My journey to shoot for the moon.

Books for Young Adults

Since I am teaching High School English, I have been reading a TON of Young Adult Literature in addition to my regular reading.  When the boys were really little we used to go to the library every week for story time.  Parents needed to stay at the library, but we were allowed to be out of the room that the kids were in.  Since the Zion-Benton Public Library had the children’s section as its own separate area, and I didn’t want to go far from the boys, I picked up a lot of Young Adult Literature to read.  Generally, they were quick reads and I did enjoy them.  So, while I am a bit behind in my Young Adult Literature “experience” I do have some background knowledge.  A number of books have come out since I stopped reading YA, but a number of books are still around.  Some of these books I’m reading with students and some I’ve picked up and am reading just because.

I am going to start a page (you can find them listed at the top of my blog) with summaries about some of the books I’ve encountered.  As I write the summaries, I will post them like a regular blog and then link them to the page so you will be able to read them in both places.

Here’s what you can look forward to –

The Hunger Games Trilogy by Suzanne Collins

A Wrinkle in Time by Madeleine L’Engle

Sleeping Freshmen Never Lie by David Lubar

Crash by Jerry Spinelli

Define Normal by Julie Anne Peters

The Book Thief by Markus Zusak

That Was Then, This is Now by S.E. Hinton

I would love to hear about your favorite Young Adult Literature, so please comment and let me know what books you’ve loved (or hated).


Comments on: "Books for Young Adults" (6)

  1. I hear wonderful things about S.E. Hinton and I’ve missed a few of these along the way so I will be sure to read them. I aspire to be a high school English teacher, but I got my degree in creative writing and so now I’m pursuing my license. I love reading young adult books so thank you.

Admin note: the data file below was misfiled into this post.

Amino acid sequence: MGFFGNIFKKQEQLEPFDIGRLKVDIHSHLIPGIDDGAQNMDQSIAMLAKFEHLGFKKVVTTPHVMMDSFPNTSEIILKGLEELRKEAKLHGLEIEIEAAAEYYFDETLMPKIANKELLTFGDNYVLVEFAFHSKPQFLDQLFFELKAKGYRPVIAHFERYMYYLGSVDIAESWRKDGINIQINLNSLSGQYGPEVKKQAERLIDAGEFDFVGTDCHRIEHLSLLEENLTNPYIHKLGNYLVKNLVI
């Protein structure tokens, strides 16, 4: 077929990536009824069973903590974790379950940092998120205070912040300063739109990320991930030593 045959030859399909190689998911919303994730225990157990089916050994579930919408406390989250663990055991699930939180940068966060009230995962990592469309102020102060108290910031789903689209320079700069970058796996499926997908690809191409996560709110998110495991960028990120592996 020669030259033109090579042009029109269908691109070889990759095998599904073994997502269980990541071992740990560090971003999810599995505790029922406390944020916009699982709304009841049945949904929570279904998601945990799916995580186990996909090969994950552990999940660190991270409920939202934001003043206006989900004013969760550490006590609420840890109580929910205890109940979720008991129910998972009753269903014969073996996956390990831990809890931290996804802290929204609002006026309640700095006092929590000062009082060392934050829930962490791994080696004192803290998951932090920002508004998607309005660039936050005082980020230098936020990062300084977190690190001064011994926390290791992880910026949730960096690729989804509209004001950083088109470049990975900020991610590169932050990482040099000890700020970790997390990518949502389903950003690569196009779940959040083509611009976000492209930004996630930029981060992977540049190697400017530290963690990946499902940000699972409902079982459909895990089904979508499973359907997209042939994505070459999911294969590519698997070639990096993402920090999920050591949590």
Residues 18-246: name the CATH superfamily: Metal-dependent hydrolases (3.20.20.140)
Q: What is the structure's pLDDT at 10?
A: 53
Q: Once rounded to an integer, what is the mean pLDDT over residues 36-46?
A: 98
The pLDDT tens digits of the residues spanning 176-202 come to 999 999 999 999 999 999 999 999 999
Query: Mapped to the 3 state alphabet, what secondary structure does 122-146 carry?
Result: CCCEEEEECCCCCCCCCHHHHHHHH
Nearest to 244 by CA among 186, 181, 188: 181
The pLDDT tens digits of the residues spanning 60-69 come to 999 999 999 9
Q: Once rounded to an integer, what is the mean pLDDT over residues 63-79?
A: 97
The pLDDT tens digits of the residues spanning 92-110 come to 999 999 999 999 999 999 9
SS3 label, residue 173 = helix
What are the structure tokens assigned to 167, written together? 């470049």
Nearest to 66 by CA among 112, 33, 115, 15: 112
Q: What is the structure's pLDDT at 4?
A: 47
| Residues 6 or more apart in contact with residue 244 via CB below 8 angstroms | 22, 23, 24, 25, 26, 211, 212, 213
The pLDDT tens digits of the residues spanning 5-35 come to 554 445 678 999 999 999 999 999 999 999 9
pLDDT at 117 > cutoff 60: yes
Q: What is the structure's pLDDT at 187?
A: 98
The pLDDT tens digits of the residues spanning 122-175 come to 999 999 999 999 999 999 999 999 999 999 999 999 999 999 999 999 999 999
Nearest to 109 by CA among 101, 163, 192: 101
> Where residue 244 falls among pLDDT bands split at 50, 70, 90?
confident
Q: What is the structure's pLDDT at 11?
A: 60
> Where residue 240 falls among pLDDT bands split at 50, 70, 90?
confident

2. If you haven’t done so already, you need to befriend the media specialst at your school. He/she can get you the YALSA lists from the American Library Association. Good idea to befriend this person anyway. We are trained to respond when help is requested. I can still remember recommending The Incredible Journey to a teacher of reluctant readers when I was at the high school. THE WHOLE CLASS came into the library to thank me and he was my friend until the day I left Minnesota.


    • Hi Heidi –

      Yes, I met her. Even before I “officially” started. She is an amazing resource and she is a genuinely wonderful person. I brought one of my classes down to have a “tour” of the library. She spoke with the kids and was able to point them in the direction of their interests AND had read a number of books that they might be interested in. One of my students asked her, “So, have you read all the books in the library?” Then she was amazed at the response (A large number of them – most of the fiction, not all of the non-fiction.) I want to have the kids regain their interest in reading (school has ruined it) and the library is a great place for them to explore different genre. Of course, it doesn’t hurt that I’m offering extra credit for reading books and writing a summary. Honestly, I don’t care what the kids read. I just want them reading!


      • Exactly. I used to direct the worst non-readers to things like Popular Mechanics and Motor’s Auto Repair Manual. The kids at my hs had to spend at least an hour a week in the library, so we had to be loaded for bear or expect trouble. I even convinced the head librarian that we needed more material for kids with reading/interest problems.


      • I’ve offered extra credit for summaries of any reading – books, magazines, comic books, etc. I told the kids I didn’t care what they were reading (as long as it was school appropriate) but if it had words it was reading.


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